Lacking a unified vision about what management regime is truly sustainable or equitable, organizing collective action is difficult. Yet despite this reality, Colorado River management has changed dramatically in the last fifteen years. Increasingly, stakeholders are opting for cooperation and negotiation over polarization and litigation. The decision-making tent is slowly expanding to include environmental interests and, to a lesser extent, the tribes. Negotiations are occurring at virtually every scale—substate, interstate, basin-wide. There is some reason for optimism. Whether these processes can lead to solutions at a pace sufficient to avoid catastrophic shortages, however, remains very much in doubt. Should the water delivery system “crash,” then clear winners and losers will emerge, and the opportunity for cooperative problem-solving may dry up completely.
Water, Land, and the Road Forward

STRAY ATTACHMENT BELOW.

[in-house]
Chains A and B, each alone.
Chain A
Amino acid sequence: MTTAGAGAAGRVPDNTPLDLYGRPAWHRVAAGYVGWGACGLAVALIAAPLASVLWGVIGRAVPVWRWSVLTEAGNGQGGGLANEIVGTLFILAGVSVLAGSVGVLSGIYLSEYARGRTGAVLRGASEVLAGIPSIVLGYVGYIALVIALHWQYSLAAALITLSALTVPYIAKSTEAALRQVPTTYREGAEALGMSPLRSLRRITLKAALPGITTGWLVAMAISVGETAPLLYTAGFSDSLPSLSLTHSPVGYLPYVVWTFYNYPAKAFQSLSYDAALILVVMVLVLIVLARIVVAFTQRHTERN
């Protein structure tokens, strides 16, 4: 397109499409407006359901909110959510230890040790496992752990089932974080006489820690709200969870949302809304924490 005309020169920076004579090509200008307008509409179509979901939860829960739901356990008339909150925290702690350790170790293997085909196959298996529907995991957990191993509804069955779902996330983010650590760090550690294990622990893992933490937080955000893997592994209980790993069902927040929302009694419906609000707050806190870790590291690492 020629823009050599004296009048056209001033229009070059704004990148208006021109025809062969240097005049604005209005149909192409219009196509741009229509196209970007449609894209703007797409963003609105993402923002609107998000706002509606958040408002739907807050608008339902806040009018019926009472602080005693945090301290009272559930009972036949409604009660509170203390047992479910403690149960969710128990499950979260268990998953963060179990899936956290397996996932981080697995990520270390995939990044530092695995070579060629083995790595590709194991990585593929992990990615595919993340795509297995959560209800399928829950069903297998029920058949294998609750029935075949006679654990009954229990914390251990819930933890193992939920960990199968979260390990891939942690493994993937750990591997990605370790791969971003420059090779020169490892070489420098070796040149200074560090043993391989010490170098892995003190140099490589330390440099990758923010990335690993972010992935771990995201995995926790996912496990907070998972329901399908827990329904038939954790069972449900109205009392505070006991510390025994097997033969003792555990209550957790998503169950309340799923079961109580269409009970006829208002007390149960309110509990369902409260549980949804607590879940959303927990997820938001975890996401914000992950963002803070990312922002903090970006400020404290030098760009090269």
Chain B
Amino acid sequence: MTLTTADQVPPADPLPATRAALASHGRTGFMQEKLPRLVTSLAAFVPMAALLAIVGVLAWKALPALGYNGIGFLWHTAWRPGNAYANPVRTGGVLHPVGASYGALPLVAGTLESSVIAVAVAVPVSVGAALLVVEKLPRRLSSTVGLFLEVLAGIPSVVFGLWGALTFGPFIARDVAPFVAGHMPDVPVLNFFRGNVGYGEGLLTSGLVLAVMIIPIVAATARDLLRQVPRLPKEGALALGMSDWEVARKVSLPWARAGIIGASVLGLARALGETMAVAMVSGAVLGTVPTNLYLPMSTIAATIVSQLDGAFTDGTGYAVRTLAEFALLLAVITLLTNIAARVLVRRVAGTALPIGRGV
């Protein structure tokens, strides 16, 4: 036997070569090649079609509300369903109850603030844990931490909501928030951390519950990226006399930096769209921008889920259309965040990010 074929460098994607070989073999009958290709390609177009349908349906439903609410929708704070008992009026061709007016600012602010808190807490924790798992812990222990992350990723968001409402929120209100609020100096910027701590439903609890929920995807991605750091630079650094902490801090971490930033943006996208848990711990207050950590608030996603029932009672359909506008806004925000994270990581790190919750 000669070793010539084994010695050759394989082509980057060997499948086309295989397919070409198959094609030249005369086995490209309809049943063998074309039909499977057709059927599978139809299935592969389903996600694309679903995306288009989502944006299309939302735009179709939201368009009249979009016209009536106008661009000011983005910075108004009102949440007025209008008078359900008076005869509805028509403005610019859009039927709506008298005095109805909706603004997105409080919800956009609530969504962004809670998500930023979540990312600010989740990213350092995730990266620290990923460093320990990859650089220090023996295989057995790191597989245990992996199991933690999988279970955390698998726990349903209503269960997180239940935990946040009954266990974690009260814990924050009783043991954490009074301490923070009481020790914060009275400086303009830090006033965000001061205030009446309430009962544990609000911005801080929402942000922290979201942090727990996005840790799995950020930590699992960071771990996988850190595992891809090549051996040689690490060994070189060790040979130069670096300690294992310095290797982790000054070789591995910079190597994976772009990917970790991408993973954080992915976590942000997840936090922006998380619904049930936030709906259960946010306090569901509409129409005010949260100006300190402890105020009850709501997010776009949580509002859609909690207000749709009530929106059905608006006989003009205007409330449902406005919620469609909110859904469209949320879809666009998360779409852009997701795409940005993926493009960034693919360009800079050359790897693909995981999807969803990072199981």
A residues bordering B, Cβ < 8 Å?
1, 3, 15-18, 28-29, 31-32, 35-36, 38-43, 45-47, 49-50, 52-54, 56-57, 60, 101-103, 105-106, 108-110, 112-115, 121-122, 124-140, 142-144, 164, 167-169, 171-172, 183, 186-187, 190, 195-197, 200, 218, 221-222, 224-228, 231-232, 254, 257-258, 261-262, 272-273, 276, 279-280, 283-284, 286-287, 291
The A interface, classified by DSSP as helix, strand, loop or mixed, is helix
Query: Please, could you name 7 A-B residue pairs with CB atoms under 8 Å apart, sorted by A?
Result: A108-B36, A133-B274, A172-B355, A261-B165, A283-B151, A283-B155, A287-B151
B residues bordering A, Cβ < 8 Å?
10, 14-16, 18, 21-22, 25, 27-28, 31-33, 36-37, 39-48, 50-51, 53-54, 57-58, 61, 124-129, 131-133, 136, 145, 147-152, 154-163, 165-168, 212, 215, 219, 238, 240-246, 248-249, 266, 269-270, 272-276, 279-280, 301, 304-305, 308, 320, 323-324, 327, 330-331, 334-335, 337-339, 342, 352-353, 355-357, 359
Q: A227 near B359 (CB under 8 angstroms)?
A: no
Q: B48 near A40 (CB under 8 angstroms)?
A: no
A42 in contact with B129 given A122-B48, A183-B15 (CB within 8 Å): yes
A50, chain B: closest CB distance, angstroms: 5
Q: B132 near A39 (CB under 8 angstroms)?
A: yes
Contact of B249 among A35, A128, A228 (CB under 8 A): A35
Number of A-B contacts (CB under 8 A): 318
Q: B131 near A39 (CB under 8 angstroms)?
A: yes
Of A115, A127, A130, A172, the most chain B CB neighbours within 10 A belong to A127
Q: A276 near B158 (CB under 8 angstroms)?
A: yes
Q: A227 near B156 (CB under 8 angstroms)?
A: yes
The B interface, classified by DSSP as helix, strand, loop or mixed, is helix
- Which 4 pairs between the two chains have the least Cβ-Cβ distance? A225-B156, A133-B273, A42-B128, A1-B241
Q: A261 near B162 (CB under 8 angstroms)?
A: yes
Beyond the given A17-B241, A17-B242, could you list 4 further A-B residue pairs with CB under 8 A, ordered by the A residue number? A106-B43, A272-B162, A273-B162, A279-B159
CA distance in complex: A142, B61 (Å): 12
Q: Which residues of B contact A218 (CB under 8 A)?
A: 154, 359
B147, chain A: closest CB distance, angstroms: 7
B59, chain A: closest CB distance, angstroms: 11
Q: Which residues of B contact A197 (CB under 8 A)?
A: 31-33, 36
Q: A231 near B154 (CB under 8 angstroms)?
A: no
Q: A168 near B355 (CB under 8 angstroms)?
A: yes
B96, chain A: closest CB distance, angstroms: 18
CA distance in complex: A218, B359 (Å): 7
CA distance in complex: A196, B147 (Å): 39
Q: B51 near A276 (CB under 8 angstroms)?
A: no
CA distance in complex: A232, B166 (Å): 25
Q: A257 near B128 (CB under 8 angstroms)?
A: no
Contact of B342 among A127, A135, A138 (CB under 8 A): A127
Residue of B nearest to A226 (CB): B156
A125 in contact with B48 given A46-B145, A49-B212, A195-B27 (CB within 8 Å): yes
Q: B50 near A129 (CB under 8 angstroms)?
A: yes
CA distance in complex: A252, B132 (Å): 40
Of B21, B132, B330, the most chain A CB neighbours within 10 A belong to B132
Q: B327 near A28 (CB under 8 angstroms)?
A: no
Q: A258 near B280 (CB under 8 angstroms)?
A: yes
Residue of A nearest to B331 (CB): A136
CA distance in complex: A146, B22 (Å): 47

Notably absent from the preceding discussion of the unfolding Colorado River crisis was its link to public lands and public resources. As noted earlier, those links certainly exist, but with very few exceptions, water management regimes are typically developed independently of public lands and resource management. Rather, management is almost entirely focused on the withdrawal of water to meet human uses—uses that occur primarily on private lands. The exceptions to this rule are important. On the Colorado, the main exceptions revolve around hydropower generation, and more generally, the relationship between the big dams on the system and the functioning of the river corridors downstream (Adler 2007). Perhaps the best example on the Colorado is the Grand Canyon, immediately downstream of Glen Canyon Dam. Since 1996, the Glen Canyon Dam Adaptive Management Program has tried to balance the largely incompatible objectives of river regulation and the environmental and recreational values associated with the national park and Glen Canyon National Recreation Area (Schmidt et al. 1998). Similar, but much more pronounced, struggles have shaped water management in other regions of the West, especially the Northwest where competing goals of power production and salmon recovery have tormented resource managers for decades (NRC 1996). These long-standing conflicts between human and environmental instream uses will continue to be a feature of western water management, but looking forward, the primary battlegrounds will lie well beyond the actual stream corridors, and begin only after the water has left the channel.